China's first figure skating world champion trains in Beijing and Burbank, Calif., idolizes Peggy Fleming and employs an agent.
Chen Lu is very much a woman-child of the international skating world.
Saturday, this 18-year-old from the winter sports city of Chang Chun turned The Last Emperor into ballet on ice and won the World Figure Skating Championships' most valued prize _ the women's gold.
"This is not only a first for me but a first for all Chinese skaters," Chen said. "It has great significance."
So do the performances registered by Americans Nicole Bobek and Michelle Kwan.
Bobek, the leader after the technical program, finished fourth in the free skate final with two falls, but managed to hang on for the bronze medal behind France's Surya Bonaly.
And Kwan, 14, showed that she is skating's future, delivering seven triple jumps in a performance that moved her to tears and moved the crowd to its feet.
"I was so nervous," Kwan said. "And I was so overwhelmed. I skated so great to the end."
The judges could take a pick of styles. There was Chen, the 1994 Olympic bronze medalist, balletic, not as technically proficient as the others, but packaged beautifully in a program choreographed by former Canadian champion Toller Cranston.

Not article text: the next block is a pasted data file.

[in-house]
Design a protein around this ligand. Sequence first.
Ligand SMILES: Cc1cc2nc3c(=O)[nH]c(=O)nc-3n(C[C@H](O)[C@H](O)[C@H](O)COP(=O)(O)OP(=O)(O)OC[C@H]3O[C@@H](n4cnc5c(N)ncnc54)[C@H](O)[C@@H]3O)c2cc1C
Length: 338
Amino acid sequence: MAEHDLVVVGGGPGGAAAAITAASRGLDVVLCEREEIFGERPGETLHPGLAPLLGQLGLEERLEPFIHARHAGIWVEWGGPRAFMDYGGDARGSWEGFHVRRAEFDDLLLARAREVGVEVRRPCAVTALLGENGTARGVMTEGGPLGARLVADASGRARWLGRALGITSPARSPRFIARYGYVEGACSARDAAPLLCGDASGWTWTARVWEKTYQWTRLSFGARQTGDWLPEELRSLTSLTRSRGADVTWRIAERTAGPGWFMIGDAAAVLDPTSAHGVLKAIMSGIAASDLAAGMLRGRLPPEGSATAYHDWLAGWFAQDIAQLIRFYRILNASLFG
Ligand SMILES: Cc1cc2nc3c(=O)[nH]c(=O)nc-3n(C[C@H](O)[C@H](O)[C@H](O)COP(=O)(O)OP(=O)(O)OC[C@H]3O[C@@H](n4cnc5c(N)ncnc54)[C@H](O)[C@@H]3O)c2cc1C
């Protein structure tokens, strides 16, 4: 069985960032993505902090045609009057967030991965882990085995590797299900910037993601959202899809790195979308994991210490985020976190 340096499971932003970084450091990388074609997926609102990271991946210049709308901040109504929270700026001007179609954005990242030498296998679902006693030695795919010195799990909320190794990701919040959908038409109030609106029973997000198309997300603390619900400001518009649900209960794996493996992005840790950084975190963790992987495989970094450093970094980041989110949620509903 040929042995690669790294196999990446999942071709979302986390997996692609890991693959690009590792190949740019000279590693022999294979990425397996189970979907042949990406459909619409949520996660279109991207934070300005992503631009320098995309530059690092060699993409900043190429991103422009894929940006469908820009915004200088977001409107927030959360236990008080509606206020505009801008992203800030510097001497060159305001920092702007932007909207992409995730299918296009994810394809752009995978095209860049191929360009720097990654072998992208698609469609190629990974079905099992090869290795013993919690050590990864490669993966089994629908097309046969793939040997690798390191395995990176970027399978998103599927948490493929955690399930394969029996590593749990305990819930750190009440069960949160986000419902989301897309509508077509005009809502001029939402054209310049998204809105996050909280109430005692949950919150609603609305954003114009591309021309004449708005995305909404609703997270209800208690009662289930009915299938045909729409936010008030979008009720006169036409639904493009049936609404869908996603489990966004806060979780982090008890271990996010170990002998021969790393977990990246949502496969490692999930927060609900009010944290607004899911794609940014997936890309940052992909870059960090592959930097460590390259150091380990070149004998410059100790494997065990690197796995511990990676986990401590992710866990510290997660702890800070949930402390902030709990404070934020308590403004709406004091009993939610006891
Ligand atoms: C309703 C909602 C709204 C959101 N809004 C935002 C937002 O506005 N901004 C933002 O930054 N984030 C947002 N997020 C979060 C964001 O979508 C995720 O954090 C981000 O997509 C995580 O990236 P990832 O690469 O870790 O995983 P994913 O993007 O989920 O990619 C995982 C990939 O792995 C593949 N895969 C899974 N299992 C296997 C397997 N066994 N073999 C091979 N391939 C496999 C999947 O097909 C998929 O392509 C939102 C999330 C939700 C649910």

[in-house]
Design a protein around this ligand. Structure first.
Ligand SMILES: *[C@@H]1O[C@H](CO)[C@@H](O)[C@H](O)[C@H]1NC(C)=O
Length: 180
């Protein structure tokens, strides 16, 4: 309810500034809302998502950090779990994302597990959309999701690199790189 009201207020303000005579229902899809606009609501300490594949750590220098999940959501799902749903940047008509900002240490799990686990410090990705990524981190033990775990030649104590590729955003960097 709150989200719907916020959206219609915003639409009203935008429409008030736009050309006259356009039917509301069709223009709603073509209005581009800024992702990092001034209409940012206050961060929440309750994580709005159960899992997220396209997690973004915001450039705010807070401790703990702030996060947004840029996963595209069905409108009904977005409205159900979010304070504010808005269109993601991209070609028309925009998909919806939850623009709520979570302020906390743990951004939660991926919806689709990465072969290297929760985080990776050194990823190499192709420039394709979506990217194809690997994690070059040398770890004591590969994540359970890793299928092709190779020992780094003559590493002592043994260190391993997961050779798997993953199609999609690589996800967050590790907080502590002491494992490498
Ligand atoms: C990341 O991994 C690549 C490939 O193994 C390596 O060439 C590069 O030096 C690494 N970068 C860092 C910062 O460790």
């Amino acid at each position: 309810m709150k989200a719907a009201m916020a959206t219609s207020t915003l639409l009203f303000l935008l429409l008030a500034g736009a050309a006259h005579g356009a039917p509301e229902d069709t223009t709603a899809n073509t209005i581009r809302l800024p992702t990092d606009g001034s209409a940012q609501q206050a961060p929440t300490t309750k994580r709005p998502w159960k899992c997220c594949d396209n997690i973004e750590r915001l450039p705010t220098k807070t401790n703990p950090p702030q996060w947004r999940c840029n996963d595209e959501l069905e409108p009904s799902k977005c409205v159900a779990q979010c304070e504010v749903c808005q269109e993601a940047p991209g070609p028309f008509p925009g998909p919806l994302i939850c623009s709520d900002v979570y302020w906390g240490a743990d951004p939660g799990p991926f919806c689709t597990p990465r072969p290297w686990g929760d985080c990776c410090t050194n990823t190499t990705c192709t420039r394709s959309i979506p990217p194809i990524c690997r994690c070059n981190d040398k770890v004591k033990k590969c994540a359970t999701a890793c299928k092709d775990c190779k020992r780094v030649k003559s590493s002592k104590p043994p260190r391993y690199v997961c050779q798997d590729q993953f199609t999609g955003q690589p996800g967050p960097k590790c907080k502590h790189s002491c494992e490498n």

Bonaly was the best jumper, but she performed as if she had the weight of all France on her shoulders. For the third time, she had to settle for the silver. But unlike last year, when she tossed away her prize in disgust, she received her silver with a smile and a wave.
"I just tried to skate my best and show what I can," she said. "This year, I just took the medal."
Bobek, 17, was the natural, all speed and elegance. For 51 seconds she was terrific, landing two combination jumps, bringing the crowd along for a spin to music from Doctor Zhivago. But then she fell, not once, but twice, missing a triple loop and a triple salchow.
"It wasn't my best performance," she said. "I was upset I missed those two jumps. But I came here to do a good job. I proved to a lot of people that I could do that job. I'm happy."
In a move to entice figure skating's biggest stars and unify a split sport, the International Skating Union will introduce prize money to its World Championships and set up a Grand Prix.